The Carbeth Hut Community

Discover a working-class Utopian dream near the West Highland Way




3 miles (4.8kms)

98ft (30m)
2hrs 30min

About the walk

Situated approximately halfway between Glasgow and Drymen on the A809, an old turnpike road, you'll find an ancient inn. Once called the Halfway House and now the Carbeth Inn, it has served the needs of travellers for over 200 years. Sir Walter Scott had the character of Baillie Nicol Jarvie in his 1817 novel Rob Roy describe the inn as a 'most miserable alehouse'. Things have obviously improved since then and for years it has provided a warm welcome to climbers, bikers, walkers and the nearby community of Carbeth hutters.

Holidays in the Country

The Carbeth hut community started after World War I, when the owner of the Carbeth Estate let three ex-servicemen found a holiday fellowship camp on his land. At first the holidaymakers lived under canvas but during the depression years unemployed Glaswegians, seeking an escape into the countryside, started to erect more permanent dwellings. These ingenious and often ramshackle affairs were constructed from any materials that were available free of charge or could be obtained cheaply. Conditions were a bit spartan but met the needs of the people and were probably as good as they had at home. During the summer the area round the Carbeth Inn was alive with activity as whole families decamped to the countryside for their holidays.

Peppercorn Rent

The land was leased from estate owner Barnes-Graham at a peppercorn rent, because of his desire to help people escape from what he saw as a squalid and depressing life in the overcrowded city. They became a tightknit community with organised games and activities; they even built their own open-air swimming pool, complete with lifebelts and diving boards. To get to Carbeth the hutters caught the train to Milngavie and then took a path which became known as the Khyber Pass. Coming from the Clydebank area the hutters just hoofed it over the Kilpatrick Hills.

Scottish Social History

Today the swimming pool, simply a dammed stream, is silted up. The hutters succeeded in buying their plots and maintaining a presence, but times changed and the huts no longer resemble the makeshift arrangements of the past. Some were replaced with new wooden cabins, while other hutters sold up and left. The old community has almost gone and Carbeth is now like many holiday parks, with cabins and gardens and fancy cars in the drives. But there are still a few of the old huts around, some derelict and fallen into disrepair, others evidently still used and cared for. A massive increase in the rents led to a rent strike by many of the hutters and court action was initiated to evict them. Against a background of recriminations and accusations, not to mention unsolved arson attacks on huts, the Carbeth community fought to preserve their foothold in the countryside, campaigning for public support and petitioning the Scottish Parliament to preserve this unique piece of Scottish social history and heritage.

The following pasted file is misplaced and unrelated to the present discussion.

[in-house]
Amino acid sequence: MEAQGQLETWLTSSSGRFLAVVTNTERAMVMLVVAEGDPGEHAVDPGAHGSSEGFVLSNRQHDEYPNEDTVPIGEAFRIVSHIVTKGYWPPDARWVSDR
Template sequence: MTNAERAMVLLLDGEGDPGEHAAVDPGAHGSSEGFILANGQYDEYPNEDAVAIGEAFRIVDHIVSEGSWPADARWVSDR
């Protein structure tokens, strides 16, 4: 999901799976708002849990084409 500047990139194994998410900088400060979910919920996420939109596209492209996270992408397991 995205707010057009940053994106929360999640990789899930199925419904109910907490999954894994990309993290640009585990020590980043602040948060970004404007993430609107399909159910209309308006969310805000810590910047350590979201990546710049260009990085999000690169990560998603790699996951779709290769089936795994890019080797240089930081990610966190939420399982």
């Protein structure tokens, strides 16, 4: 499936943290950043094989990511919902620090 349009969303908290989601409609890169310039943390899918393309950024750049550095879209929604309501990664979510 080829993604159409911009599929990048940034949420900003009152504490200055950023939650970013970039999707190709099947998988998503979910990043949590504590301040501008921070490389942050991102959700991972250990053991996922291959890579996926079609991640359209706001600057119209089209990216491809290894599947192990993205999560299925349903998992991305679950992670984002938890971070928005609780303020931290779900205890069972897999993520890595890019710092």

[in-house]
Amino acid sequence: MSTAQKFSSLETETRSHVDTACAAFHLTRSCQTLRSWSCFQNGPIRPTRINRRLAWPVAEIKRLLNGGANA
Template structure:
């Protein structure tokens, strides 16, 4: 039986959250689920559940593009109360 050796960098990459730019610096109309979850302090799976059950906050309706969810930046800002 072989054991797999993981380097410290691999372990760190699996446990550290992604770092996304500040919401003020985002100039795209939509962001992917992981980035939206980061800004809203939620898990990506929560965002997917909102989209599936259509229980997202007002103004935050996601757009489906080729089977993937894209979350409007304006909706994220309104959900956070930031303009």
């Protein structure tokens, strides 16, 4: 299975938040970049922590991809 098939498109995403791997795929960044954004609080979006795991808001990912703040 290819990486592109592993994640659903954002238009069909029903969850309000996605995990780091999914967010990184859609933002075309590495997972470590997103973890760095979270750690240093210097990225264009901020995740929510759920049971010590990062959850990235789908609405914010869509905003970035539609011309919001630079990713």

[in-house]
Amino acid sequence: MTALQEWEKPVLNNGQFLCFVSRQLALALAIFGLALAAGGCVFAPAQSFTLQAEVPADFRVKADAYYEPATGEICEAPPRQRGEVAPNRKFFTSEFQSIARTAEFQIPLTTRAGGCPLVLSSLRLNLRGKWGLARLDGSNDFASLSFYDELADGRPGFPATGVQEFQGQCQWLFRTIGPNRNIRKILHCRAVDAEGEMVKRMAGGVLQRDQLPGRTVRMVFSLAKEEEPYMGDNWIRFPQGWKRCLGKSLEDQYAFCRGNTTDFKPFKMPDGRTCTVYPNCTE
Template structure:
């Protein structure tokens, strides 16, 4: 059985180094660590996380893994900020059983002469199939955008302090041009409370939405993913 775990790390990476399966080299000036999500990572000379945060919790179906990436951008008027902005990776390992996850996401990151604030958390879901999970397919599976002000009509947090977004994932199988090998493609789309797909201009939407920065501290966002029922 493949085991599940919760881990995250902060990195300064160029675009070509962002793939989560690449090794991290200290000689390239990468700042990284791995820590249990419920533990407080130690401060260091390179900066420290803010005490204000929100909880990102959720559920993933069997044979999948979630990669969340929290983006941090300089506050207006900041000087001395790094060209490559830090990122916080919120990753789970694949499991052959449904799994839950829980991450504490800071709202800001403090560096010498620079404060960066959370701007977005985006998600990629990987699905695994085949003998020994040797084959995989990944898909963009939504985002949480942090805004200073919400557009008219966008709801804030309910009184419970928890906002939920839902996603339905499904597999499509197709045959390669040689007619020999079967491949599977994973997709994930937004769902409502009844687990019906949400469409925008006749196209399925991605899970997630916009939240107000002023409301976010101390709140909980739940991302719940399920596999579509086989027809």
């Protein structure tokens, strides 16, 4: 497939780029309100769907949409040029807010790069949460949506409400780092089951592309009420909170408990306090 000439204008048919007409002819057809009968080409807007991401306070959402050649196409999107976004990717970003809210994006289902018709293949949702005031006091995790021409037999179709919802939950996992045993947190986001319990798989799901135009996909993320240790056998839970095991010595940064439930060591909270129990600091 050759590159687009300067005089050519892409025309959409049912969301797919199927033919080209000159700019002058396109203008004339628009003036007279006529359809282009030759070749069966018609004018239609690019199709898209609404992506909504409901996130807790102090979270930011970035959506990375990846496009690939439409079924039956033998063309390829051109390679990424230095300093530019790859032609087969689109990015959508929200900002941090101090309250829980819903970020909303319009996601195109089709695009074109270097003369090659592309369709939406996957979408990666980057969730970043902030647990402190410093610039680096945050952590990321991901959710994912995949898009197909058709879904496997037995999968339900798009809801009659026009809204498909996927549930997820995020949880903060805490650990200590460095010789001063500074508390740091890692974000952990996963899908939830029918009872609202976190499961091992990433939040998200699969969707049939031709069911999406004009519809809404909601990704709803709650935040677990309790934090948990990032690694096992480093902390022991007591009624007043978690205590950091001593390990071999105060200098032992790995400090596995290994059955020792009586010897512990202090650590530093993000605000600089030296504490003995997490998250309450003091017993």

Walk directions

From the car park at the Carbeth Inn turn right on to the A809. After 0.25 mile (400m) take the first turning right on to the B821. Continue ahead on this road for a mile (1.6km), passing a collection of huts on the left and ignoring a public footpath sign to the right.

Turn right at the signpost for the West Highland Way. Go through a gate and continue along a well-surfaced access road. Shortly on the left, there is a left turn signposted ‘The John Muir Way’. This path is the one popularly known as the Khyber Pass, leading to Mugdock Country Park. It was the favoured route of the early walkers heading out of Glasgow to the Campsie Fells and beyond. Go through a gate and continue along a well-surfaced access road.

Keep right to follow the West Highland Way along the access road to more huts. After passing the first of the huts, continue along the winding path to reach a public path signpost on the right beside a West Highland Way marker post.

Turn right here on to a narrow but well-surfaced footpath which turns back towards Carbeth Loch, passing a house on the right. Eventually the path reaches the junction with the drive leading to Carbeth House. This is a private house and is not open to the public. Turn left, pass a house and some huts on the right then take the next turning on the left through some wide gates.

Continue along this lane, then head uphill to reach another grouping of the Carbeth huts. Follow the main route through the huts and at a T-junction, turn left.

Keep on this road as it passes through the main part of the Carbeth huts, an extraordinary assortment of small dwellings, shanties and shacks. Ignore all of the smaller tracks branching off this road. They allow access to individual huts or other parts of the settlement.

Eventually go through a gate and downhill to reach the junction with the A809 beside the Carbeth Inn. Turn left and return to the car park.

Additional information

Roads, access tracks and footpaths, 1 stile

Hills, woodland and lochs

Suitable for dogs

OS Explorer 348 Campsie Fells

Carbeth Inn, check beforehand with landlord

None on route

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